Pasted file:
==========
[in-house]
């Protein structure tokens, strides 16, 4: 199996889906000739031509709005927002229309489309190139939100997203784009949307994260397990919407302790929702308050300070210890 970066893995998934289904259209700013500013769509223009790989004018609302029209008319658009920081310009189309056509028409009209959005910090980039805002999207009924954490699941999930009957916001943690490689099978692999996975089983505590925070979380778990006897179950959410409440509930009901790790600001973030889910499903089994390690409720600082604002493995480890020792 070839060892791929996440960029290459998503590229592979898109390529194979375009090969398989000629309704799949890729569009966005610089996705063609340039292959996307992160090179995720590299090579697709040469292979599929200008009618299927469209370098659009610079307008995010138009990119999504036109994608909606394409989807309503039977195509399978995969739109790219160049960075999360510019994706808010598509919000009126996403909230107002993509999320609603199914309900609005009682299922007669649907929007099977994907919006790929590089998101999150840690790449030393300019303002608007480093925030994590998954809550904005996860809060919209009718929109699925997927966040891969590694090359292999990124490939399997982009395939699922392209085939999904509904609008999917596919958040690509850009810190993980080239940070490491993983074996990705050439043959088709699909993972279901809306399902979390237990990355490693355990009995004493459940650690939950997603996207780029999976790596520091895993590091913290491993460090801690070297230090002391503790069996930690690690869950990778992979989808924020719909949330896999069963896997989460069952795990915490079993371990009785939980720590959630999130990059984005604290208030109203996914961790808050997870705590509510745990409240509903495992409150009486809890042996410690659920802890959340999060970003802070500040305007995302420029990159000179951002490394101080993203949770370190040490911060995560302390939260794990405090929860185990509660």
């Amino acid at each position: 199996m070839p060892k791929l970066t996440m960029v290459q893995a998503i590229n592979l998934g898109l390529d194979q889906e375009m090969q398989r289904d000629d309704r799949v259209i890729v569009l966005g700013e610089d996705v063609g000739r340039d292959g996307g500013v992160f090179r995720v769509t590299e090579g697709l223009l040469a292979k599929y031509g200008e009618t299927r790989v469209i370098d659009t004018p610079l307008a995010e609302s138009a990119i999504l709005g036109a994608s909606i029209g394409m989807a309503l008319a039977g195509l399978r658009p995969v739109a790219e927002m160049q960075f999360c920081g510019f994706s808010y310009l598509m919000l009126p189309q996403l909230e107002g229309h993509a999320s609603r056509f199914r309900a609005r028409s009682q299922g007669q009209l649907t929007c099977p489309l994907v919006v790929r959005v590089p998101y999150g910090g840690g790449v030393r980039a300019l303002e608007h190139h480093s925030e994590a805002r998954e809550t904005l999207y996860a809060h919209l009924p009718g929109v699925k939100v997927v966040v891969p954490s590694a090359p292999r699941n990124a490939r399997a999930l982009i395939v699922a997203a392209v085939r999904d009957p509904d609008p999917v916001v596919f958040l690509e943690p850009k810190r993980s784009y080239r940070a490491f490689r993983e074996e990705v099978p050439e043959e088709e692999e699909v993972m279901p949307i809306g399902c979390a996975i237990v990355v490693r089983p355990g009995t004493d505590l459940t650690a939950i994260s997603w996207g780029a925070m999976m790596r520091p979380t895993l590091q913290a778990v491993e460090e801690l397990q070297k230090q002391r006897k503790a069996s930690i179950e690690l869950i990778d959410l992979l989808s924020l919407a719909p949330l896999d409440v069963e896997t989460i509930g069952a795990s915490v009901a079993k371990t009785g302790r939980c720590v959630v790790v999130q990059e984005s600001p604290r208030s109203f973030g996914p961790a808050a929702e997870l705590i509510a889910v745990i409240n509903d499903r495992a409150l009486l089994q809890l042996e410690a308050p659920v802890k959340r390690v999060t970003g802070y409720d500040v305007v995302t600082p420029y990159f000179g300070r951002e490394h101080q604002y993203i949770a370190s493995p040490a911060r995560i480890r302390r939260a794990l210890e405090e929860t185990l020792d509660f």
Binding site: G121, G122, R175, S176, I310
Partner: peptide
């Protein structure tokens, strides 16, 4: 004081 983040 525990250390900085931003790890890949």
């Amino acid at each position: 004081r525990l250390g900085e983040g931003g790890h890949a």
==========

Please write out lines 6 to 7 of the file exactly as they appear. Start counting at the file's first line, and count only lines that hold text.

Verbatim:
């Protein structure tokens, strides 16, 4: 004081 983040 525990250390900085931003790890890949």
């Amino acid at each position: 004081r525990l250390g900085e983040g931003g790890h890949a």